Must I suffer to be happy?Happiness
Happiness. It’s a big word. It’s charged with meaning, with connotations. It’s aspirational and yet very intimidating to those who don’t get enough of it.
Some people seem to be born happy, whilst others need to work hard for it. Why does the search for happiness sometimes seem like a chore? Should we even strive for it? In fact, what is happiness?
Ask anyone around you, and chances are, they’ll tell you that happiness is family and friends, wealth, a good job and good health. And then perhaps we secretly dream of winning the lottery, of whirlwind romance, of excelling at our jobs, of having perfect bodies.
It’s embarrassing to admit, as it’s a bit clichéd and after all, aren’t we free spirits? But we need to remember that these are the aspirations we are encouraged to have. Marketers and the media know us inside out. They know what makes us click.
For years, thought leaders and politicians have repeated that the satisfaction of our individual desires should be our ultimate aspiration and that it was all down to us. With discipline and the will to tame our minds, we could achieve greatness. The sky was the limit. We deserved to have all we desired.
Trends in the self-help industry created the belief that you could attract what you wanted into your life by simply wishing for it and shoving aside any negative thoughts. That positive thinking was the path to happiness. By repeating that you were joyful, you would become joyful.
But what happened when one fell off the bandwagon? Disappointment, frustration, perhaps even a sense of shame?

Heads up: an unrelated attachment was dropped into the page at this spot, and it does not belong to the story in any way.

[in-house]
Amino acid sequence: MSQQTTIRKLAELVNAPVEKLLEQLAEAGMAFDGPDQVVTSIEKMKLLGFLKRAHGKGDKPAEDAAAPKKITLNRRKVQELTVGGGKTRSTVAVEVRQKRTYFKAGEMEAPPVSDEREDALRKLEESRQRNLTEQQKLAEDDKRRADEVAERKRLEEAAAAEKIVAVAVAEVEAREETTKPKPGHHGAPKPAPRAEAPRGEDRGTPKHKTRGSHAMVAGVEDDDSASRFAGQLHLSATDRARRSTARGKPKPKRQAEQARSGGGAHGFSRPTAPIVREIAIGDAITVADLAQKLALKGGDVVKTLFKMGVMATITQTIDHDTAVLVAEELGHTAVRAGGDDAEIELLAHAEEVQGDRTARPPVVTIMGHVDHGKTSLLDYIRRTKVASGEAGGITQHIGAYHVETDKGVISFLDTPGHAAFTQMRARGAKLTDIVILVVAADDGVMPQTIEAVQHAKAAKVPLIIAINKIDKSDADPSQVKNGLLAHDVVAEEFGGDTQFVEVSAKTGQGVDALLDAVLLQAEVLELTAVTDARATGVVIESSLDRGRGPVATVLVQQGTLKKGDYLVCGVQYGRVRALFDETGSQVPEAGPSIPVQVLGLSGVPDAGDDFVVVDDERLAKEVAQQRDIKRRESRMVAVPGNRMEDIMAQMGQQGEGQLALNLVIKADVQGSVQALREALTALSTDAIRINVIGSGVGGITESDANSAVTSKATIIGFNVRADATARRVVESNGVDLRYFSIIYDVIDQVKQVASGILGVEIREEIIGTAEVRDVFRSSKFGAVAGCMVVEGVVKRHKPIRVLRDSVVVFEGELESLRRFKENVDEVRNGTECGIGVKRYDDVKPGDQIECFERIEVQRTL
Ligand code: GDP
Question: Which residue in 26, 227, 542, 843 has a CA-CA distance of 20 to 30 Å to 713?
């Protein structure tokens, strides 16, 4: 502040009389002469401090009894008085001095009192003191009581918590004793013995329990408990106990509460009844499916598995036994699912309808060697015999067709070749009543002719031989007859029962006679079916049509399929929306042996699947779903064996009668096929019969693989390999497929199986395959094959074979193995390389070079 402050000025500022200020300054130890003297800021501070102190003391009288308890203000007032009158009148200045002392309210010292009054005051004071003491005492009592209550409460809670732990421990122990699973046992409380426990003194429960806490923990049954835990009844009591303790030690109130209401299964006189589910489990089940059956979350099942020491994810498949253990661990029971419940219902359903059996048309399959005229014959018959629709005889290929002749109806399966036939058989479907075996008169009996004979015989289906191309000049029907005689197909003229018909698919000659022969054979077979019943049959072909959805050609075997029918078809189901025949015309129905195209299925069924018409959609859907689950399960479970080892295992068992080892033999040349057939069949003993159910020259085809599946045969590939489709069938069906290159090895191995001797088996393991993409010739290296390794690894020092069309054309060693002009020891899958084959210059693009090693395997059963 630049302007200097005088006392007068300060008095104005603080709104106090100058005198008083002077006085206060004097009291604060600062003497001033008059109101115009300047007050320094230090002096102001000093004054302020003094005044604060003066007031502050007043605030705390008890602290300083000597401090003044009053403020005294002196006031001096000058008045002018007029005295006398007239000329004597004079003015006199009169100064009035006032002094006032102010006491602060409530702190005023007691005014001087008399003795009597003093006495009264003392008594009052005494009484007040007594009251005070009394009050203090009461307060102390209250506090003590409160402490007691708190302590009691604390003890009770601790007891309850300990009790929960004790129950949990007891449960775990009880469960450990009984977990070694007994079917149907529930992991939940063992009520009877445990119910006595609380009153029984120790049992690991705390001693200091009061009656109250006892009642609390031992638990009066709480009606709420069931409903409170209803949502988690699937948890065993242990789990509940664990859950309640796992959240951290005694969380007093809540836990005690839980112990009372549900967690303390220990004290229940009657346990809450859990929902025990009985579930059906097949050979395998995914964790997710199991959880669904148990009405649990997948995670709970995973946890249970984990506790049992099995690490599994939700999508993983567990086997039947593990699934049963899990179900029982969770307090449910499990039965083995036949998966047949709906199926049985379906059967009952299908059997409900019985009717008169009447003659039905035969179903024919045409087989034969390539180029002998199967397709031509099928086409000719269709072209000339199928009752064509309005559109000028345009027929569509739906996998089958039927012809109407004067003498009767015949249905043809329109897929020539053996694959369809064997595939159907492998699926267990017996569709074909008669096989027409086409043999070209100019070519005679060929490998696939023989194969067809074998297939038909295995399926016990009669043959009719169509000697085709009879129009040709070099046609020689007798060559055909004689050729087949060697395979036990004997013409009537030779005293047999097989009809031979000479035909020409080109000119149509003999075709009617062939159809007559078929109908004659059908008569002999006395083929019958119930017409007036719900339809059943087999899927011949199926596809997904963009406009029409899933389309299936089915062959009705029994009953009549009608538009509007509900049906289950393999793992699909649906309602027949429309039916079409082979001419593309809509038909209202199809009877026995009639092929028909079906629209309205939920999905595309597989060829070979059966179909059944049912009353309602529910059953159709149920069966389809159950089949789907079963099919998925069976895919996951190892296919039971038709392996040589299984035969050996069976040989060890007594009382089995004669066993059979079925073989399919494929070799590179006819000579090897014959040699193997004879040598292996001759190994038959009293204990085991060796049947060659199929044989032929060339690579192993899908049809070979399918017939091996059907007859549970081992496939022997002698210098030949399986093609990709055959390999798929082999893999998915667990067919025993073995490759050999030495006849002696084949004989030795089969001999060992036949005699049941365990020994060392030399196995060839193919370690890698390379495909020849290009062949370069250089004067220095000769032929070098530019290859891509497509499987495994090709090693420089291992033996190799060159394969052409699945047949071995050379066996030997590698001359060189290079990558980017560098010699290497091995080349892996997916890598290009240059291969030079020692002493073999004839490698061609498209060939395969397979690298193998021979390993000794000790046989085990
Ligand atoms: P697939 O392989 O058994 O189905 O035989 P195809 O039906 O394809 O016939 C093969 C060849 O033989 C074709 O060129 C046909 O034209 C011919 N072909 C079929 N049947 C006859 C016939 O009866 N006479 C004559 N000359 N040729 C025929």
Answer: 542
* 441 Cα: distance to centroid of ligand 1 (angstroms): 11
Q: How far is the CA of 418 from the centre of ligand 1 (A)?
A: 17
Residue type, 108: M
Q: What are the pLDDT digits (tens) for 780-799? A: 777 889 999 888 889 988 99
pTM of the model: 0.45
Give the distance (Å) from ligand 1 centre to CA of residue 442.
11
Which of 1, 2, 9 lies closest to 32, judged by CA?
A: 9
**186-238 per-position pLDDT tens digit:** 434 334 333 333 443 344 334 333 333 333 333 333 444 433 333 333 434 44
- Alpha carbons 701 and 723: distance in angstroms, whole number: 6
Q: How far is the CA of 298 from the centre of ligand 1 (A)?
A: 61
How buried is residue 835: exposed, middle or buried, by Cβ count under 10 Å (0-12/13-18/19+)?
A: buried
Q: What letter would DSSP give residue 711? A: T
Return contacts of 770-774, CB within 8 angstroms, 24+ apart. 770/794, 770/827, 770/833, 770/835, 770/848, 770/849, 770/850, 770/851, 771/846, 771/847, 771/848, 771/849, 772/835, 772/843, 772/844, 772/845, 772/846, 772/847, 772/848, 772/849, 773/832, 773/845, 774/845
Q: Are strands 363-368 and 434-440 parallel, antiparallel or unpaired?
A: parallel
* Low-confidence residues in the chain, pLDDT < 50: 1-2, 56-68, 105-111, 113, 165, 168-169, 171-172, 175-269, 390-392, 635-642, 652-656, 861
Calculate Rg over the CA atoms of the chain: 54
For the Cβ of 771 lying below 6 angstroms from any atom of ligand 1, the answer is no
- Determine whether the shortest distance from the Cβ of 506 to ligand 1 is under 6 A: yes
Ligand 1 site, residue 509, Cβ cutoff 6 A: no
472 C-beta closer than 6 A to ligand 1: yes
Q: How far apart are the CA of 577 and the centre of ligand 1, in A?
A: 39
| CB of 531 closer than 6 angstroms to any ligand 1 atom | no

And what about the fact that the poorest countries ranked as the happiest while the wealthiest lagged at the bottom of the scale?
Where did we go wrong?
- First, it seems we were encouraged to think of happiness as an individual pursuit, setting aside our contribution to society and our need to be part of a community.
- Second, we were pushed to consider happiness to be dependent on acquiring goods and power.
- Third, we were fed images of what happiness should be – a constant, standard, picture-perfect state of bliss – it was all or nothing.
- Fourth, we were told the sky was the limit, leading us to unrealistic expectations and assured failure.
- And finally, the assumption was that we should pursue happiness; identify what we lacked and focus on the future, rather than live in the moment.
True happiness is […] to enjoy the present, without anxious dependence upon the future.
– Lucius Annaeus Seneca
But times are changing and this messaging has taken its toll on us. We are increasingly yearning for healthier lives, trying to reduce our anxiety levels and to feel we are contributing to society.
Millennials are hearing from their “picture-perfect” social media icons that they are deeply unhappy, that their lives are staged. The Internet is increasing our ability to make our voices heard and to be of service. And research efforts are finally being spent on finding ways to gain awareness of how we best function and how to increase our levels of wellbeing.